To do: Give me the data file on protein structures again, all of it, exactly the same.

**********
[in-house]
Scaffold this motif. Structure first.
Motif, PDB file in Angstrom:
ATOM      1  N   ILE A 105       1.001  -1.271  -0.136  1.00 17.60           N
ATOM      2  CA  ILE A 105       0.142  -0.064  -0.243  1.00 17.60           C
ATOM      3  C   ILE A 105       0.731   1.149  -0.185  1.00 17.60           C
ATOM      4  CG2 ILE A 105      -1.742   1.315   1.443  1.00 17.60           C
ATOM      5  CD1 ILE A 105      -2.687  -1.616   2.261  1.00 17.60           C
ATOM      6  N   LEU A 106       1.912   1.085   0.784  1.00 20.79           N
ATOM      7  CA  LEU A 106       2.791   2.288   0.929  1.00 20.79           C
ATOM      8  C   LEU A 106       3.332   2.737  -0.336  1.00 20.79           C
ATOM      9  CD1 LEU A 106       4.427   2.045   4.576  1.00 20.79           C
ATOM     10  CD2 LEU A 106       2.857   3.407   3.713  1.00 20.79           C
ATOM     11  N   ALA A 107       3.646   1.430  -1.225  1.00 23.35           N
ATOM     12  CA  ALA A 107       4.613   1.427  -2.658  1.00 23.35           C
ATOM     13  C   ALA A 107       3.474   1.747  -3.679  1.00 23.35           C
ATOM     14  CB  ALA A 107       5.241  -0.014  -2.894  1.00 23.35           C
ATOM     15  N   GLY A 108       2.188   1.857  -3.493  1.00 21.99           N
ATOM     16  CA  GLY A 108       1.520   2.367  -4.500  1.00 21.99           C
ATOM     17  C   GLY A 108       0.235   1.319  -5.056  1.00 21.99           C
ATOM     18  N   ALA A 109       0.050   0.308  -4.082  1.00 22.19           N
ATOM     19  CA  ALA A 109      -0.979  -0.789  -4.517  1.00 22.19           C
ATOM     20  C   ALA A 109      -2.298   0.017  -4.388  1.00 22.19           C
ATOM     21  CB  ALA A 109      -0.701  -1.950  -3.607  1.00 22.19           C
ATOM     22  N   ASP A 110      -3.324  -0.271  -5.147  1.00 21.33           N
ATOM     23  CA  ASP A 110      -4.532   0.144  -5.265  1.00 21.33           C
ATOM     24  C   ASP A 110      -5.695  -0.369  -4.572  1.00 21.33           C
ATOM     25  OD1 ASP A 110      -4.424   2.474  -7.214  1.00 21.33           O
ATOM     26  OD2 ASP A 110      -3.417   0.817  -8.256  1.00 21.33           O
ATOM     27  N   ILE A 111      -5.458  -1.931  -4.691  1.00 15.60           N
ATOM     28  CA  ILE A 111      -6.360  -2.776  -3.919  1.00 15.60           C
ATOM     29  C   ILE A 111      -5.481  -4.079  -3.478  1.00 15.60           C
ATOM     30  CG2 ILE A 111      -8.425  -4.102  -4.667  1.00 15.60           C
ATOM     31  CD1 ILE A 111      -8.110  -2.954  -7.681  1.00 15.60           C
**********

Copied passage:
[in-house]
Scaffold this motif. Structure first.
Motif, PDB file in Angstrom:
ATOM      1  N   ILE A 105       1.001  -1.271  -0.136  1.00 17.60           N
ATOM      2  CA  ILE A 105       0.142  -0.064  -0.243  1.00 17.60           C
ATOM      3  C   ILE A 105       0.731   1.149  -0.185  1.00 17.60           C
ATOM      4  CG2 ILE A 105      -1.742   1.315   1.443  1.00 17.60           C
ATOM      5  CD1 ILE A 105      -2.687  -1.616   2.261  1.00 17.60           C
ATOM      6  N   LEU A 106       1.912   1.085   0.784  1.00 20.79           N
ATOM      7  CA  LEU A 106       2.791   2.288   0.929  1.00 20.79           C
ATOM      8  C   LEU A 106       3.332   2.737  -0.336  1.00 20.79           C
ATOM      9  CD1 LEU A 106       4.427   2.045   4.576  1.00 20.79           C
ATOM     10  CD2 LEU A 106       2.857   3.407   3.713  1.00 20.79           C
ATOM     11  N   ALA A 107       3.646   1.430  -1.225  1.00 23.35           N
ATOM     12  CA  ALA A 107       4.613   1.427  -2.658  1.00 23.35           C
ATOM     13  C   ALA A 107       3.474   1.747  -3.679  1.00 23.35           C
ATOM     14  CB  ALA A 107       5.241  -0.014  -2.894  1.00 23.35           C
ATOM     15  N   GLY A 108       2.188   1.857  -3.493  1.00 21.99           N
ATOM     16  CA  GLY A 108       1.520   2.367  -4.500  1.00 21.99           C
ATOM     17  C   GLY A 108       0.235   1.319  -5.056  1.00 21.99           C
ATOM     18  N   ALA A 109       0.050   0.308  -4.082  1.00 22.19           N
ATOM     19  CA  ALA A 109      -0.979  -0.789  -4.517  1.00 22.19           C
ATOM     20  C   ALA A 109      -2.298   0.017  -4.388  1.00 22.19           C
ATOM     21  CB  ALA A 109      -0.701  -1.950  -3.607  1.00 22.19           C
ATOM     22  N   ASP A 110      -3.324  -0.271  -5.147  1.00 21.33           N
ATOM     23  CA  ASP A 110      -4.532   0.144  -5.265  1.00 21.33           C
ATOM     24  C   ASP A 110      -5.695  -0.369  -4.572  1.00 21.33           C
ATOM     25  OD1 ASP A 110      -4.424   2.474  -7.214  1.00 21.33           O
ATOM     26  OD2 ASP A 110      -3.417   0.817  -8.256  1.00 21.33           O
ATOM     27  N   ILE A 111      -5.458  -1.931  -4.691  1.00 15.60           N
ATOM     28  CA  ILE A 111      -6.360  -2.776  -3.919  1.00 15.60           C
ATOM     29  C   ILE A 111      -5.481  -4.079  -3.478  1.00 15.60           C
ATOM     30  CG2 ILE A 111      -8.425  -4.102  -4.667  1.00 15.60           C
ATOM     31  CD1 ILE A 111      -8.110  -2.954  -7.681  1.00 15.60           C